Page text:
One of the hottest and most controversial topics in America today is violence in the media. Violence is everywhere in the media nowadays, there is no denying that. Whether it be movies, television, video games, or music, there will always be violence, but blaming the media is not the answer. If one is to place the blame, it should be placed on the parents of these children who decide to become violent. Parents need to take a more active role in what their children watch, play, and listen to so that they do not end up becoming violent themselves. Violence in the media was always a hot issue, but never more so than last year. On April 20, 1999, two students at Columbine High School, Dylan Klebold and Eric Harris, went on a murderous rampage that culminated in the deaths of 23 students and then the suicide of both Klebold and Harris. Following the incident, many people were quick to point the finger at the media as the main reason that the two boys went on their rampage. To add more fuel to that fire, it was later revealed that, in a video the two boys made before the massacre, they foretold that the incident would be like the video game Doom and they even questioned which Hollywood director would be the first to immortalize them on-screen. “These revelations embarrassed Hollywood ?entertainment? producers, who have vehemently denied they have any effect on youths, or that their products are linked to the increased vulgarity and violence of American society” (Gale Group 12).
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One issue that was not brought up that much during the whole incident was where their parents were during all this. Klebold and Harris had guns and grenades, so how were their parents unaware of what was going on? The parents should have known beforehand that their children were perhaps a little unstable and that they might be up to something. If they had taken a more active interest in the lives of their children, in all likelihood, the incident never would have happened.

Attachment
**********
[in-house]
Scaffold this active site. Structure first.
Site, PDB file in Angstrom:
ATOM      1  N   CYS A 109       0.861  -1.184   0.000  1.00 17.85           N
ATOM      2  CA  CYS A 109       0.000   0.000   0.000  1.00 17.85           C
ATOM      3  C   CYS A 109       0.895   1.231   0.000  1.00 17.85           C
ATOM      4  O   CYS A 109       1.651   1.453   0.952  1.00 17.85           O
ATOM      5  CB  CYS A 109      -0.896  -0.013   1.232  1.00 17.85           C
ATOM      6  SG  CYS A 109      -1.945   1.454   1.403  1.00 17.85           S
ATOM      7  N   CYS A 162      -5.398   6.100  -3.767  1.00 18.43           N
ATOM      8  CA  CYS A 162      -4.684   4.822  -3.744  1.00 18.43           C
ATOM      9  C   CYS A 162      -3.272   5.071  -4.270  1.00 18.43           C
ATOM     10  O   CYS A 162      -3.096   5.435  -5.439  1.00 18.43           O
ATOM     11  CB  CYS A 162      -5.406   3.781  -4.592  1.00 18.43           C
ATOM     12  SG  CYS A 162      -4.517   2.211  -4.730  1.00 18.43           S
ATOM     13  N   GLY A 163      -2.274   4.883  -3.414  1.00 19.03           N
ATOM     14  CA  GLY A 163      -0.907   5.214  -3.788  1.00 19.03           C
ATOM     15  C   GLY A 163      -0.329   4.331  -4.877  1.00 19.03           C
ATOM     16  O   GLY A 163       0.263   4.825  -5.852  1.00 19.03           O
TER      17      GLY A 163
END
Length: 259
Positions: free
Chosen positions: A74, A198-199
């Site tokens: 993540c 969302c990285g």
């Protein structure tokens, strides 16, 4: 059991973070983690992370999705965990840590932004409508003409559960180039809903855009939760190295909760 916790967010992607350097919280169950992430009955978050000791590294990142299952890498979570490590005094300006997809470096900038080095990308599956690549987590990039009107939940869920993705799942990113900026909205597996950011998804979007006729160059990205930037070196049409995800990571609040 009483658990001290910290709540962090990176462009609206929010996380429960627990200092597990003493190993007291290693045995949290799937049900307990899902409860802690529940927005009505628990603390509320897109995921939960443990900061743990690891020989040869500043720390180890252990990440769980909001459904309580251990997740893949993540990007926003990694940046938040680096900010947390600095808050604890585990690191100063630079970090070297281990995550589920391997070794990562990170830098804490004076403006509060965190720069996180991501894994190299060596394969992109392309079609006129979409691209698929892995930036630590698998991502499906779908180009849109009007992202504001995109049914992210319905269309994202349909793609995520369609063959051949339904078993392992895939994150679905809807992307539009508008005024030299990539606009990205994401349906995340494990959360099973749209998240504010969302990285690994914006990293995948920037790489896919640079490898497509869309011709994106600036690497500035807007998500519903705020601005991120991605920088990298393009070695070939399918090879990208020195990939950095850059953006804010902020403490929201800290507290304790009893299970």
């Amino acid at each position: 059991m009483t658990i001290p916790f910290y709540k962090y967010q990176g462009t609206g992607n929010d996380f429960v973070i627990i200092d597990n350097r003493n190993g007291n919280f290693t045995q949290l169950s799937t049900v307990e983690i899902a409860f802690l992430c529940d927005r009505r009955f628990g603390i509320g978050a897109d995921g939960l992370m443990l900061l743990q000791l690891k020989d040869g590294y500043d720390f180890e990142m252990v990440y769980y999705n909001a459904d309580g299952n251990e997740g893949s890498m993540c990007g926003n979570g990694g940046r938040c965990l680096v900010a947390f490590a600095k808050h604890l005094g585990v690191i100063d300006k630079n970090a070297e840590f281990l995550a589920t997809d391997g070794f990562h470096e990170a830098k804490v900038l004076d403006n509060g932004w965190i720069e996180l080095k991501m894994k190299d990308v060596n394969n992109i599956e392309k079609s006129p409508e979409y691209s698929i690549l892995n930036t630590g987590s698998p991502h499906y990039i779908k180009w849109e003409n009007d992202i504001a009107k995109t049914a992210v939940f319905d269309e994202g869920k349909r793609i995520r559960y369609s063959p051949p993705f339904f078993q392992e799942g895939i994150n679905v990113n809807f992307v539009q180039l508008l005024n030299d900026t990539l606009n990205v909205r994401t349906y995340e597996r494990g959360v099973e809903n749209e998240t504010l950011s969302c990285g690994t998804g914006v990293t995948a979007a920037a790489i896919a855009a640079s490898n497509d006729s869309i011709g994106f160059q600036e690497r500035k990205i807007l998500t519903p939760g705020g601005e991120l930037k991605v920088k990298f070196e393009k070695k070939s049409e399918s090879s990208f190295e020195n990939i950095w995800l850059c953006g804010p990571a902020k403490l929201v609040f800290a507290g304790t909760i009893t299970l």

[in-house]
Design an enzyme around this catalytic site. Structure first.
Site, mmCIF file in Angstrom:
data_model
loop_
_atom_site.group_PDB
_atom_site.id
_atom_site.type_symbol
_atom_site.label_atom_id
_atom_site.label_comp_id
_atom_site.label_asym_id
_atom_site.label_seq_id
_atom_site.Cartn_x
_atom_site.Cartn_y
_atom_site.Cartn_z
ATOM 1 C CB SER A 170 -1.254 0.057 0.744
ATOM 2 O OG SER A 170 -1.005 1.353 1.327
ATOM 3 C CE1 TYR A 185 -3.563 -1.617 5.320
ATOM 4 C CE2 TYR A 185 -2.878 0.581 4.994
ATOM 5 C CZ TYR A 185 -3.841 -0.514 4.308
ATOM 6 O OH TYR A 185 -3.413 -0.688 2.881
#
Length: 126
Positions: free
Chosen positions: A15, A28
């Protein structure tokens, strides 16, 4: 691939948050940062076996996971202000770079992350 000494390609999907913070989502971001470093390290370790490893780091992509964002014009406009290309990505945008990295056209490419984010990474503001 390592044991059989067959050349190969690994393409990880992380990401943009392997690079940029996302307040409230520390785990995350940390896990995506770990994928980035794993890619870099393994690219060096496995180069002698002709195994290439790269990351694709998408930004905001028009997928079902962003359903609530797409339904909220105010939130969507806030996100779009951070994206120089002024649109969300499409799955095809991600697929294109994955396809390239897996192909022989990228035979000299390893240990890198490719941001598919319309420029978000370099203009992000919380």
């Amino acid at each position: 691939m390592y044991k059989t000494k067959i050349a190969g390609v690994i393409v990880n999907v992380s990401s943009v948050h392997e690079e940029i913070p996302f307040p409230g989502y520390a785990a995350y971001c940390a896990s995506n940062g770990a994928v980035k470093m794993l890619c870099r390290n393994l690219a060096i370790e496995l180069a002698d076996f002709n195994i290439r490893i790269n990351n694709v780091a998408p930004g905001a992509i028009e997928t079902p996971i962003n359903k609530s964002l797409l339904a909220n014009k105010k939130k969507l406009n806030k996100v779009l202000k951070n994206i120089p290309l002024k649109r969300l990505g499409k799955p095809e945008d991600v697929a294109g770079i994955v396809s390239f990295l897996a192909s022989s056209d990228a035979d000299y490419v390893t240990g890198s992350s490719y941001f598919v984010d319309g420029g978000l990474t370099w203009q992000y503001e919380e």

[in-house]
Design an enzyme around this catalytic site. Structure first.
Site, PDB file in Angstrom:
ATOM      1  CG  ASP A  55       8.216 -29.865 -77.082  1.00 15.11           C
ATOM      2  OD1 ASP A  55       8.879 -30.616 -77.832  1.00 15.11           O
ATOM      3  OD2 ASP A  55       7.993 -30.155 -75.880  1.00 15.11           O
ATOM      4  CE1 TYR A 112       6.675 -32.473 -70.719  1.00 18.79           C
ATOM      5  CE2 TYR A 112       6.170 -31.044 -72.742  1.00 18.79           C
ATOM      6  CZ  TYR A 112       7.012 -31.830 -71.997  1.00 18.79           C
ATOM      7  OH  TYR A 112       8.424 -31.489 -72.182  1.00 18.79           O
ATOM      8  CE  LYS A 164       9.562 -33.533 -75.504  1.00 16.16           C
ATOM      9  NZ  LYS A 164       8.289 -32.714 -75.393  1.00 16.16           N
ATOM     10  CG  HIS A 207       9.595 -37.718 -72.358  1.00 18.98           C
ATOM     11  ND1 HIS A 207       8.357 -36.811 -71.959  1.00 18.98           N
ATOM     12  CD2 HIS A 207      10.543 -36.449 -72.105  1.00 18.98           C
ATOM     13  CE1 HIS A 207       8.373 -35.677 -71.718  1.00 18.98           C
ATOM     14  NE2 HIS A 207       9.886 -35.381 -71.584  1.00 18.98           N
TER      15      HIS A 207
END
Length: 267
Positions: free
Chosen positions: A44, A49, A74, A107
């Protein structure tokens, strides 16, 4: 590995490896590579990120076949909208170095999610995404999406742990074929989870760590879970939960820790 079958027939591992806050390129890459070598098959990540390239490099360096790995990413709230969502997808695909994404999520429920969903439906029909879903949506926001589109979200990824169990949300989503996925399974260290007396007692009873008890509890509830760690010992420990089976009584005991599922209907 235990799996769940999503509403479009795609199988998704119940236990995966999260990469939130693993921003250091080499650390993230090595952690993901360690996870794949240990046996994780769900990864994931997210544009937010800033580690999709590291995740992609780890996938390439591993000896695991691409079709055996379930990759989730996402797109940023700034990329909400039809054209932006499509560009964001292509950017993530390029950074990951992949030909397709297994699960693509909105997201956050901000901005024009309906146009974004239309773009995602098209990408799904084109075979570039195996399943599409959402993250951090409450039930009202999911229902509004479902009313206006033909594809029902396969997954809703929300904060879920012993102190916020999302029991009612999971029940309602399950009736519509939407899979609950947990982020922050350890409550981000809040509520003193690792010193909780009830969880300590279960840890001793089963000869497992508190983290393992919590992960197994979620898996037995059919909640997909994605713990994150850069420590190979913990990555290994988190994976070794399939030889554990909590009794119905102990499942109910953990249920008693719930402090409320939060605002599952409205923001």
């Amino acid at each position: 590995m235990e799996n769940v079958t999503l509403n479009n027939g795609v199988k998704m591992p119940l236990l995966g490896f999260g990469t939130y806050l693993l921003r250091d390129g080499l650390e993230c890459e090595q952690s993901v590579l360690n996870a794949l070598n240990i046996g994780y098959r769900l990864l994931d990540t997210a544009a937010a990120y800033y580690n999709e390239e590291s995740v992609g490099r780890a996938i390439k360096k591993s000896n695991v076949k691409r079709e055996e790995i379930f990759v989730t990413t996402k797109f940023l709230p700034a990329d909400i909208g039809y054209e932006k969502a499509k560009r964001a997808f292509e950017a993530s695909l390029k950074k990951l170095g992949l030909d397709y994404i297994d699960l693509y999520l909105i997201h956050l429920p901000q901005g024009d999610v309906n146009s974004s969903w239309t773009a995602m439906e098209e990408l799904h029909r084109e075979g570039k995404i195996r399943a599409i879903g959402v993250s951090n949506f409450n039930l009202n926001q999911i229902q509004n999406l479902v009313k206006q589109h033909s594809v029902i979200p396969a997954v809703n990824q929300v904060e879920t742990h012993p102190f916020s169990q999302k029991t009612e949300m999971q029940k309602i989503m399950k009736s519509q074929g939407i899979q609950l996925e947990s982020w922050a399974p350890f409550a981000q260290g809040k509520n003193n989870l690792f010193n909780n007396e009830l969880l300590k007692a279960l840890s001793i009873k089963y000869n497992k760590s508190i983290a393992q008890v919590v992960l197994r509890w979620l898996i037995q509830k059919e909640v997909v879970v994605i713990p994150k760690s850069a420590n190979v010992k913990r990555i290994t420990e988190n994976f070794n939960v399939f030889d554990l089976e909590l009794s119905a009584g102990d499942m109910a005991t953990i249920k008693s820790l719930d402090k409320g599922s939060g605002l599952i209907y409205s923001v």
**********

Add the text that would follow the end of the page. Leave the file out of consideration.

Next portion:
Two major opponents of violence in the media recently have been Arizona Senator and former Republican presidential candidate John McCain and Connecticut Democratic Senator Joe Lieberman. They recently introduced an act called the Media Violence Labeling Act of 2000. “This requires a uniform labeling system for all movies, music products, and video games” (Melillo 21).
Warning labels would also be necessary for all violent media products, including advertising under this proposed act. McCain flat-out said that, “There is a consensus in the scientific community that exposure to violent images through the media is harmful to kids” (Melillo 21).
Wendy Melillo, author of “Moral Posturing,” an article in ADWEEK New England Advertising Week writes that McCain?s statement is news to almost everyone, since what he said is not a proven fact. The McCain-Lieberman bill is careful not to define violent media content, which means that it would be left up to the entertainment industry to create the rating system and place it on content that they deem to be violent. “In other words, politicians will let the very industry they assail police itself” (Melillo 21).
A bill like the McCain-Lieberman bill gives the government a good amount of extra power, and Hal Shoup, the executive vice president of the American Association of Advertising Agencies, questions, “How much is enough government information?” (Melillo 21).